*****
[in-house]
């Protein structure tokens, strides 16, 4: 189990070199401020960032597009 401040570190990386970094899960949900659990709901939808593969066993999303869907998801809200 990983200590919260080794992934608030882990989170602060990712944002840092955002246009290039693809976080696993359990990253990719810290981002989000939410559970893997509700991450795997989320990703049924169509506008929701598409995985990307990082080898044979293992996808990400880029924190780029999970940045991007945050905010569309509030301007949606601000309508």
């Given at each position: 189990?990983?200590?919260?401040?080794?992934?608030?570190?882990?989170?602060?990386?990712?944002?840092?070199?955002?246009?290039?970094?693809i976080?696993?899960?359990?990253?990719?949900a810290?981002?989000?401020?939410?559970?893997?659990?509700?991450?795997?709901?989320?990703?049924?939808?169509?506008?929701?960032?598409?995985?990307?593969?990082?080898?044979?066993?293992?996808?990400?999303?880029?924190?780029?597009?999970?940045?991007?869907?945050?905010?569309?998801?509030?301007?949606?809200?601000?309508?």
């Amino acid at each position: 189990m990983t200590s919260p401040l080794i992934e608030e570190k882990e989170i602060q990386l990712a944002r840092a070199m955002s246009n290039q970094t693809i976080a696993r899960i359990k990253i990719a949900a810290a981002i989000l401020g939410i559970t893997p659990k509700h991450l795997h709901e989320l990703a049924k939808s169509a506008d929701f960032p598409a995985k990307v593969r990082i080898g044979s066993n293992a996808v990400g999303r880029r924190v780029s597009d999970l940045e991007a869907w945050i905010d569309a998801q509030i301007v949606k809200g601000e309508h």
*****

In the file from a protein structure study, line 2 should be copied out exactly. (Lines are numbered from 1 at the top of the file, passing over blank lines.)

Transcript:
């Protein structure tokens, strides 16, 4: 189990070199401020960032597009 401040570190990386970094899960949900659990709901939808593969066993999303869907998801809200 990983200590919260080794992934608030882990989170602060990712944002840092955002246009290039693809976080696993359990990253990719810290981002989000939410559970893997509700991450795997989320990703049924169509506008929701598409995985990307990082080898044979293992996808990400880029924190780029999970940045991007945050905010569309509030301007949606601000309508």